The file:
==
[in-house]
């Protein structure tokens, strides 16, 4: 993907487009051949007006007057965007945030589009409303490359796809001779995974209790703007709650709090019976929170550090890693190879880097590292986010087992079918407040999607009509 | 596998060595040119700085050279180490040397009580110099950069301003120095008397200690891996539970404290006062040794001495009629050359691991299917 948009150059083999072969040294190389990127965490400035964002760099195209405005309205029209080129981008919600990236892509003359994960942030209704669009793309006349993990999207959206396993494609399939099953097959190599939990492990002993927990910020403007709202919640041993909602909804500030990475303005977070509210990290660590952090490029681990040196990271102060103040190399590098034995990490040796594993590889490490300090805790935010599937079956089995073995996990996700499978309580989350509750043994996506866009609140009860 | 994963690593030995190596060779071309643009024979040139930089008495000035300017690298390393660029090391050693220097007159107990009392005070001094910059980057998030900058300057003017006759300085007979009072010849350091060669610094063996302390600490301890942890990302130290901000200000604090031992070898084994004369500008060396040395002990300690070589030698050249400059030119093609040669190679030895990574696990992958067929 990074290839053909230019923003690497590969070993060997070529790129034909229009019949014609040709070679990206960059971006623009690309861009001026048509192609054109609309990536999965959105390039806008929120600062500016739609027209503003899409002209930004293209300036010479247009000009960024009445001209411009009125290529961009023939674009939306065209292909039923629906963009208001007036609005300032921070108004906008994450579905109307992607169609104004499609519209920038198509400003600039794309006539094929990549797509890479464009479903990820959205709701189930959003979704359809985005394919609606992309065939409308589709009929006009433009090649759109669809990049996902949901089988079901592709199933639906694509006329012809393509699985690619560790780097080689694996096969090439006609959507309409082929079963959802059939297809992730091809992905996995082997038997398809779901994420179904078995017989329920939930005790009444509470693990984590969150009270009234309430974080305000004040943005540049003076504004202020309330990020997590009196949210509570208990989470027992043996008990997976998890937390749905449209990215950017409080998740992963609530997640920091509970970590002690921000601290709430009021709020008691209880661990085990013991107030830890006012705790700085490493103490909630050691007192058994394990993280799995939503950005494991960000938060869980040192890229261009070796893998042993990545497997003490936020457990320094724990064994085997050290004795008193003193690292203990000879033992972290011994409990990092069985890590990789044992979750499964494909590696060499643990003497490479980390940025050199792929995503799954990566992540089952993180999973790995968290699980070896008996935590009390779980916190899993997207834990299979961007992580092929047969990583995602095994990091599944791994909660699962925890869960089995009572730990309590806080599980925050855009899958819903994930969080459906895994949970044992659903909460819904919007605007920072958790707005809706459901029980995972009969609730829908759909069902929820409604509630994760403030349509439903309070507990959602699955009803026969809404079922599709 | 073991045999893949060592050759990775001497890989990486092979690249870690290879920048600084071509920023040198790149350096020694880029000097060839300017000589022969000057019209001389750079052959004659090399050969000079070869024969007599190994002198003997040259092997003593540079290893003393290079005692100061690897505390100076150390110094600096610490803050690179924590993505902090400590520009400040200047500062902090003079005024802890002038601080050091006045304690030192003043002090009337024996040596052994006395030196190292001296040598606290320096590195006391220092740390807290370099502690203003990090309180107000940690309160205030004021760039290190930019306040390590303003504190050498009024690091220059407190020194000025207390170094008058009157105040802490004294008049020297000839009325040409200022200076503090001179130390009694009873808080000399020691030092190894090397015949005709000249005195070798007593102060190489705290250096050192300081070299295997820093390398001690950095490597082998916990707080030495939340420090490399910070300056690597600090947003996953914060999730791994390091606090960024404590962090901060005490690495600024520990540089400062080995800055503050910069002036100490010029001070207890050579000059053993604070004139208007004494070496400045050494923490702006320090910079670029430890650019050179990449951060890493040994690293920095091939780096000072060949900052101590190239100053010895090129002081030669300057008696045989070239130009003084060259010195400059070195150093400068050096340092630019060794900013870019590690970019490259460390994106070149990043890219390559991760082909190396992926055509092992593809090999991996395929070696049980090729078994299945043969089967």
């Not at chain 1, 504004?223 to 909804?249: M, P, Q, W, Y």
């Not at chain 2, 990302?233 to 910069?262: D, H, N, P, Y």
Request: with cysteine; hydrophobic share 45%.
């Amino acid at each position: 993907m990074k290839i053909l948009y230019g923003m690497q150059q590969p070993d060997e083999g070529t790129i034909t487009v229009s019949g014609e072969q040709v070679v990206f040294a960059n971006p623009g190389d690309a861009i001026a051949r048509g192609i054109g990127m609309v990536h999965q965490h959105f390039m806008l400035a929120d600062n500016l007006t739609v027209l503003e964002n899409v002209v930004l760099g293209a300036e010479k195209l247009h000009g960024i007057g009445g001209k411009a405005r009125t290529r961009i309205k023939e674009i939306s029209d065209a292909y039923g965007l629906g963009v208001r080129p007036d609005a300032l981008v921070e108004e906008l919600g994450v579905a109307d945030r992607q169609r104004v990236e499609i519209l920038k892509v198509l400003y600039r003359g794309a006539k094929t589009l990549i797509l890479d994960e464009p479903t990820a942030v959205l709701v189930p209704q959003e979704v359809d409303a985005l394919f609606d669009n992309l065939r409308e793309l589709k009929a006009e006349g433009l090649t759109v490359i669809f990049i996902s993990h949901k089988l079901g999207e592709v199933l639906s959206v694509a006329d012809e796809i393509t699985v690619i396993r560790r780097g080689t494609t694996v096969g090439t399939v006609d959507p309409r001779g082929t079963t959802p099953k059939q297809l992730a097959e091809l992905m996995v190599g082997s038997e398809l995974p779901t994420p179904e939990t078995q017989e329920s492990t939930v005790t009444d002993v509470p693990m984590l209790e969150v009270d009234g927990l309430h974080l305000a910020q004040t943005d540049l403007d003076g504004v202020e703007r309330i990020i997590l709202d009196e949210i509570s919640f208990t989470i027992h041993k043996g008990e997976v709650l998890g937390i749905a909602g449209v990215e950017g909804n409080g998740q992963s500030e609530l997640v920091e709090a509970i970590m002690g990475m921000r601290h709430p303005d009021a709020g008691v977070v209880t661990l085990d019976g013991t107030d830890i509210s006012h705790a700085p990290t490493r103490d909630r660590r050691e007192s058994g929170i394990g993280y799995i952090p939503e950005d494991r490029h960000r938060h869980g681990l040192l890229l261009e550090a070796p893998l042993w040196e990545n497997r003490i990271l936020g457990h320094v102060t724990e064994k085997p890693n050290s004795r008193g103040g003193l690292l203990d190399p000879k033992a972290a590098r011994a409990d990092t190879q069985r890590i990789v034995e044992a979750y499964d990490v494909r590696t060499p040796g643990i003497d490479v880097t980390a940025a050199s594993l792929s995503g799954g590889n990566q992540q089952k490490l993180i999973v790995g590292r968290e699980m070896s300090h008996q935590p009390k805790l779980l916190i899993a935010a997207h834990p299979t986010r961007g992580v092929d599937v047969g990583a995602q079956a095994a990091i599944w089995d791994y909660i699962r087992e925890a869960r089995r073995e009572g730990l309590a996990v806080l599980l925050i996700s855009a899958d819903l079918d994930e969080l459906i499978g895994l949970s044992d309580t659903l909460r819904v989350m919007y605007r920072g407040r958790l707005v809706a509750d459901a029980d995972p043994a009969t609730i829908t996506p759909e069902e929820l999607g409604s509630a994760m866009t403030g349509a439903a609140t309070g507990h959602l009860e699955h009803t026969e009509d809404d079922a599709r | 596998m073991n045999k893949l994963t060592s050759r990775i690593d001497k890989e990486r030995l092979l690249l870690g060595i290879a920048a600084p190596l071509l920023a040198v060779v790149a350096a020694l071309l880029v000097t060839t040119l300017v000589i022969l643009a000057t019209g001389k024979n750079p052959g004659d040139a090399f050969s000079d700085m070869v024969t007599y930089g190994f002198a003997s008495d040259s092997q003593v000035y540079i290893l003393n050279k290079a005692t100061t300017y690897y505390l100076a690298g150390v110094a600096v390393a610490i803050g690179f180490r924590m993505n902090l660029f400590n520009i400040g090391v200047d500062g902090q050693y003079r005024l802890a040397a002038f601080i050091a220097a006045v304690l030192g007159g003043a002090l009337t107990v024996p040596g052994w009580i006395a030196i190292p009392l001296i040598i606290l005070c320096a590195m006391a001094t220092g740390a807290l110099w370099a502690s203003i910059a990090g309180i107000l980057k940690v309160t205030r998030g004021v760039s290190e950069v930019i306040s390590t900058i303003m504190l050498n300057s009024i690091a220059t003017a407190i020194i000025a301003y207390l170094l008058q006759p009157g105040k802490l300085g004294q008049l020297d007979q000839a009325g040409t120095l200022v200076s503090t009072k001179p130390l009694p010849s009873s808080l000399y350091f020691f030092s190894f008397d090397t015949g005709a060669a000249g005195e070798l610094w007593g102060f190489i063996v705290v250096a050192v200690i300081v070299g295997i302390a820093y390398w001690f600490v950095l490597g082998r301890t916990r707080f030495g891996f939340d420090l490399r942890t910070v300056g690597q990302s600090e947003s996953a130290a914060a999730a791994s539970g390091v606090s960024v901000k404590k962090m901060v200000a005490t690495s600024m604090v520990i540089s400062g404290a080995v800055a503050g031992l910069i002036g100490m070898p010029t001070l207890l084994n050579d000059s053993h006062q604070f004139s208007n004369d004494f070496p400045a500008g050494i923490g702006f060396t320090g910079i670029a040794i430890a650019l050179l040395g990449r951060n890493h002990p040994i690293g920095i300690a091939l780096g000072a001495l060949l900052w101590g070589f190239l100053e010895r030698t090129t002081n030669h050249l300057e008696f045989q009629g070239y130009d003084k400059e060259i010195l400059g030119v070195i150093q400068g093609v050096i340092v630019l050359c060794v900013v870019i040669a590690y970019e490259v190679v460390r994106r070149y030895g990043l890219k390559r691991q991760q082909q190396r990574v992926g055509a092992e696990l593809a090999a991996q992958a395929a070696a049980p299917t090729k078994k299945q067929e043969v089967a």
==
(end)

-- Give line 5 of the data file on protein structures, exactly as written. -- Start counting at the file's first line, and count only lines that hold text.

Request: with cysteine; hydrophobic share 45%.